Cost of Fat Transfer (Fat Injections)

Fat Transfer Cost

The cost for performing a Fat Transfer is approximately $800 to $2,600 for the surgeon fee. This usually does not include the anaesthetist fee and anaesthetic (if performed under general anaesthesia), theatre fees or follow up visits. Ask your surgeon which costs are included in their quote.

The above prices are a general guide only and vary based on the donor site used and how much fat is being transferred. Your surgeon may combine the costs with other procedures. You may be able to claim some of the costs from private health insurance. Medicare does not cover the cost of cosmetic procedures. Ask your surgeon for information about any rebates.

Fat Transfer Procedure

The procedure takes approximately half an hour to 45 minutes. It’s performed at the surgeon’s or doctor’s clinic under local anaesthetic. The area from where your fat is to be drawn is called the ‘donor site’. The anaesthetic is used on the donor site as well as the site of injection.

The donor site can include the upper inner thighs, buttocks, abdomen, knees and even your underarm. The fat is sucked out from the deep subcutaneous layer of the skin using a small cannula (a metal tool usually used for liposuction). The cannula used for fat injections is smaller. The incision is small, just enough to fit the cannula.

The removed fat is then filtered from any blood which may have been extracted during the process. Once filtered, the surgeon injects the fat into your face using a series of tiny needles. The doctor will use about 30% more fat than is required (this is because many of the fat cells will die at the time of the fat transfer).

Fat Transfer Recovery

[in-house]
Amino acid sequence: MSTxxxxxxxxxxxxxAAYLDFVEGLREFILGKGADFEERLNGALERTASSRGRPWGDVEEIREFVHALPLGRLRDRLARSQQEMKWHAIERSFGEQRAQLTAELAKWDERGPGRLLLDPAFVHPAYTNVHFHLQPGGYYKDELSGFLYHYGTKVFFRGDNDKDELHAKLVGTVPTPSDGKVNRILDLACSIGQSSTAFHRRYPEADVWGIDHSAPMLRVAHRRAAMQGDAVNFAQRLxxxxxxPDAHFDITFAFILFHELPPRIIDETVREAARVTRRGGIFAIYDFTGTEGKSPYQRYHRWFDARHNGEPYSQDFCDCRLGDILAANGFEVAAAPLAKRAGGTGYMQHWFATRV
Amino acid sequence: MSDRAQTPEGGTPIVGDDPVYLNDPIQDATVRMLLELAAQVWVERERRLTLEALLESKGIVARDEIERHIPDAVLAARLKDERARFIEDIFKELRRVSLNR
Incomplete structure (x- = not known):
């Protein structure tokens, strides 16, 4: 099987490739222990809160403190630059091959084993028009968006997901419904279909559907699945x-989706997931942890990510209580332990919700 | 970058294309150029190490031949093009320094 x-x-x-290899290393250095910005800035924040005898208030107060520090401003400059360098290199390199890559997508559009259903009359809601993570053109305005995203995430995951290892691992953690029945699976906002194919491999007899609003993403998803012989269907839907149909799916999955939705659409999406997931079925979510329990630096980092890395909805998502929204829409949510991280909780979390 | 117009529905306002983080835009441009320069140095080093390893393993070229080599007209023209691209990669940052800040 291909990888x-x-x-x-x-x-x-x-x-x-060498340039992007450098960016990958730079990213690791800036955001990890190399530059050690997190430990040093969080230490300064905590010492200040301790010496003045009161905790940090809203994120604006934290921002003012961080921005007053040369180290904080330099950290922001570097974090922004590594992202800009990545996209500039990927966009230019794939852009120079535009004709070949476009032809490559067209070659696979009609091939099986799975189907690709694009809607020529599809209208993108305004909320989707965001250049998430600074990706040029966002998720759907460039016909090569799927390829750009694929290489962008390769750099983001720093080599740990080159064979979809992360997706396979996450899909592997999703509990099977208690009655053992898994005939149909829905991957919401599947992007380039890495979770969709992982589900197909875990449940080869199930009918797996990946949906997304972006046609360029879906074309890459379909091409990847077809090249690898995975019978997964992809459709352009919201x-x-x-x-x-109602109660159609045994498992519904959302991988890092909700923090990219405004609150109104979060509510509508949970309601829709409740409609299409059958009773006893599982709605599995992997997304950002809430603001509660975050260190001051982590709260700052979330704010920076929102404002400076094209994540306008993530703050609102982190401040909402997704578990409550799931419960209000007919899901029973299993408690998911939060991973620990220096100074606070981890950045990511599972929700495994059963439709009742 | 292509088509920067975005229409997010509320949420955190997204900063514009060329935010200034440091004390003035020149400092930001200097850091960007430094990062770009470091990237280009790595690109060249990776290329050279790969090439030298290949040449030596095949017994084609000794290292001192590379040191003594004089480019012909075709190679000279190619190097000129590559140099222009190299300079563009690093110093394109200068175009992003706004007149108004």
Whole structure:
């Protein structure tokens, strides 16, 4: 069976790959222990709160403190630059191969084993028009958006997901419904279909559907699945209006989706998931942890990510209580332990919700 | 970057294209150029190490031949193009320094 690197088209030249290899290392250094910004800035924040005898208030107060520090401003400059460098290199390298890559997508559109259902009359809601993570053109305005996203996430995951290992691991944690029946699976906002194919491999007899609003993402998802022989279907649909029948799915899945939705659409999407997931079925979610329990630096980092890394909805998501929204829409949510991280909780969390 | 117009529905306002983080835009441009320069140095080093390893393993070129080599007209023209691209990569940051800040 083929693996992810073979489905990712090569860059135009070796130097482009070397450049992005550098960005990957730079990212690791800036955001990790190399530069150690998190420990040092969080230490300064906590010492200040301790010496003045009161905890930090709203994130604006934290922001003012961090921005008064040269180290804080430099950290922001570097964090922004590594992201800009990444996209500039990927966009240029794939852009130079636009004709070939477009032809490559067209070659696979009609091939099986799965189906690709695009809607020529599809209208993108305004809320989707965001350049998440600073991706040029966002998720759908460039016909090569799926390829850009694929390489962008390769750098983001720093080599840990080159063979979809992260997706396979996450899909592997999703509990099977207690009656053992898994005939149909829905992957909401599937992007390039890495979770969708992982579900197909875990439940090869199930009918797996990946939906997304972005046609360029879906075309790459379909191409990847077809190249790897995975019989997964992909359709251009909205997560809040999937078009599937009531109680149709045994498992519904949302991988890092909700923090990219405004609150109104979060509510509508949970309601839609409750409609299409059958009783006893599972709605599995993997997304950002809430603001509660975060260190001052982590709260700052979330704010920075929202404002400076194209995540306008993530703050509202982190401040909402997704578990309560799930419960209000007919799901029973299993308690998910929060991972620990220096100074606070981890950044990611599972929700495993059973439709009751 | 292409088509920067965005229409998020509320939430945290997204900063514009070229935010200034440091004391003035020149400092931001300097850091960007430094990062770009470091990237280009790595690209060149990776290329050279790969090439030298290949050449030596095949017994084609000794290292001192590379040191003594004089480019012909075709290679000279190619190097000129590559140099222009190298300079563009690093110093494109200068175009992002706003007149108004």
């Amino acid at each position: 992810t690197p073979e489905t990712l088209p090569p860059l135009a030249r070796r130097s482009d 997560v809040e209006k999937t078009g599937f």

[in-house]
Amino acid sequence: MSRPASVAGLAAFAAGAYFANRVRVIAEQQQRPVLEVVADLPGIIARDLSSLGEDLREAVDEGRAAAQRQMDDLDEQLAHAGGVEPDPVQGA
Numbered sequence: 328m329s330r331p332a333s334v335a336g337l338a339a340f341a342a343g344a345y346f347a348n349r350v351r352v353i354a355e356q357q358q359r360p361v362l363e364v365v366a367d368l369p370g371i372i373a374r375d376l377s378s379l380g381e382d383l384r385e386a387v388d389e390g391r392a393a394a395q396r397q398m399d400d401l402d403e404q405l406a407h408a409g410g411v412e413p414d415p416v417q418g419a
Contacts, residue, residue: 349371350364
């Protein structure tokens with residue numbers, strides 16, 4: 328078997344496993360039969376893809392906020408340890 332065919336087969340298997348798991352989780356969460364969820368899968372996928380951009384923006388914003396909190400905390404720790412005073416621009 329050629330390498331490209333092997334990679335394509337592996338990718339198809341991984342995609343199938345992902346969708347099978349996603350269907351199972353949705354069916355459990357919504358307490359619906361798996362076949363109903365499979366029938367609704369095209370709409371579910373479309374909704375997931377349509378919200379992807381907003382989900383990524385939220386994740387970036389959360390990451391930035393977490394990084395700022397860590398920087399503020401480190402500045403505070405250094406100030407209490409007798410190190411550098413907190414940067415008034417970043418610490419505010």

After the procedure, some doctors may require you to remain at the clinic for up to two hours to recover. During the first few hours your face may sting and throb. When you get home, you should rest for the first two days (preferably bed rest with your head propped up on pillows). After fat injections, your skin may appear red and bruised for a couple of days.  Your face may also appear chubby or swollen due to the larger amount of fat that needed to be injected to compensate for dying cells. This chubbiness can last for a few weeks.

Try to avoid facial movements and avoid wetting the wounds during the first week. Don’t touch your face where the fat has been injected (you could end up with permanent dents). You won’t be able to exercise for about three weeks. Bending and lifting should also be avoided for the first few weeks (since this can raise blood pressure to the head).

Fat Transfer Risks

The risks and complications involved with fat injections include:

  • Rejection – your body may reject the fat. However, this risk is small (much smaller than if foreign materials were used).
  • If the surgeon is not skilled or careful there could be complications such as injury to facial nerves, lumpiness and discoloration.
  • Infection – this is a small risk, treated with antibiotics.